• Elevation: 3450 metres
  • Highest point: 3880 metres
Day 5From Namche Bazaar to Tengboche

We'll continue to follow the valley above the Dudh Koshi, and be treated to amazing views of Everest, as well as Lhotse, Nuptse and Ama Dablam along the way. We'll cross another high bridge at the village of Phunki Tenga, where we will stop for lunch.

After a brief rest, we have a steep climb to Tengboche, the site of the largest gompa (Buddhist monastery) in the region.

  • Elevation: From 3450 metres to 3867 metres
Day 6From Tengboche to Pheriche

Day six takes us back down into the forest, and across the Imja Khola. Once across, we'll climb up to Pangboche village and experience more stunning views of what seems like the entire Himalaya.

We'll continue upwards to the HRA's first aid post at Pheriche, and be able to attend a lecture on avoiding altitude sickness (which we really do advise you to attend).

  • Elevation: From 3867 metres to 4252 metres
Day 7Acclimatisation Day at Pheriche

In order to help with your acclimatisation and prepare you for the higher portions of the trek, we will arrange an excursion to see Tshola Lake and the Tawache and Cholatse Walls.

The short trek will take us up the ridge over Dingboche, where we'll be able to see the Imja Valley spread beneath us, and the south face of Lhotse in the distance.

  • Elevation: 4252 metres
Day 8From Pheriche to Lobuche

Today we begin the main trek again, climbing the steep Khumbu Glacier with Tawache and Cholatse peaks overhead. The boulder-strewn terminal moraine makes interesting and rugged terrain, and the top of the glacier is marked with numerous cairns, left to mark the passage of the Sherpas and climbers who have died conquering Everest.

At the glacier's top, the path levels out to a very gentle climb to Lobuche.

  • Elevation: From 4252 metres to 4930 metres.
Day 9From Lobuche to Everest Base Camp, descent to Gorak Shep

The trail now leads along the Khumbu Glacier, providing excellent vistas of the Himalayan peaks nearby. Lunch is at Gorak Shep, and then we are back on the trail for a few hours until we reach Everest Base Camp. We will pass lesser glaciers, ice pinnacles, and the sometimes dangerous crevasses of the Khumbu along the way.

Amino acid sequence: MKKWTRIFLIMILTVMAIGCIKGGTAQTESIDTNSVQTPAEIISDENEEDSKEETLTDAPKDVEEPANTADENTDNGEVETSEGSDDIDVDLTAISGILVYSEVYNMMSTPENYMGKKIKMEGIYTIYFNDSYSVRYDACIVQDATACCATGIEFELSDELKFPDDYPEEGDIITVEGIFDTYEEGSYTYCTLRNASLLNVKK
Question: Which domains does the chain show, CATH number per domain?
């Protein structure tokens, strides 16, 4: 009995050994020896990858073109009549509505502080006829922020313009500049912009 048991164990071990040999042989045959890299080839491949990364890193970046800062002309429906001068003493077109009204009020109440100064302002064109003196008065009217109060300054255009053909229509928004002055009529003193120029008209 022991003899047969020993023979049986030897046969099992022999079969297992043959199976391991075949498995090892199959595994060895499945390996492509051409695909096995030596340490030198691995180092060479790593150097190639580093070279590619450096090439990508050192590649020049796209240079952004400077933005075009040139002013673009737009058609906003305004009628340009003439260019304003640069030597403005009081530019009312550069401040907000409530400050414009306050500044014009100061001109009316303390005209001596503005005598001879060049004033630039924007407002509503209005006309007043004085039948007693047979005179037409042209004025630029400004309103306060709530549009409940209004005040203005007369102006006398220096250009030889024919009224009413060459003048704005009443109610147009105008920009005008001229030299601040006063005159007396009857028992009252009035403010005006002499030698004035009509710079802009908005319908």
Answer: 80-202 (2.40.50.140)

The return trip to Gorak Shep is made along a higher path overlooking the Khumbu icefall and the South Col route.

  • Elevation: From 4930 metres to 5164 metres
  • Highest point: 5364 metres (Everest Base Camp)
Day 10Ascent of Kala Pattar, descent to Dingboche

We'll set off very early on day ten to make for the peak of Kala Pattar, and one of the most awe-inspiring views in the region. The land stretches out before us, from Everest itself to the Khumbu icefield.

After a pause for rest, lunch and photographs, we begin the descent back to Dingboche.

  • Elevation: From 5164 metres to 4360 metres
  • Highest point: 5554 metres (Kala Pattar)
Day 11Descent from Dingboche to Namche Bazaar

We'll be following the river again for some time, then making our way to Tengboche through rhododendron and birch woods.

After Tengboche, we'll cross the Dudh Koshi and return to Namche.

  • Elevation: From 4360 metres to 3450 metres
Day 12Descent from Namche to Lukla

Our last day of trekking follows the Dudh Koshi valley into Lukla.

At Lukla there is usually a farewell party for everyone - climbers, guides and porters alike - celebrating another successful trek. Be sure to try the traditional Sherpa dances and sample some chang while you're at it. It's a bit like beer, but served hot.

  • Elevation: 3450 metres to 2800 metres
Day 13Flight from Lukla to Kathmandu

An early breakfast, then off to Lukla airstrip for the flight back to Kathmandu, and your hotel.

Day 14Kathmandu

Free time to explore the vibrant, bustling city of Kathmandu and immerse yourself in its wonderful culture

Day 15Departure

A member of the Kandoo crew will take you to Kathmandu Airport, and see you off on your return flight.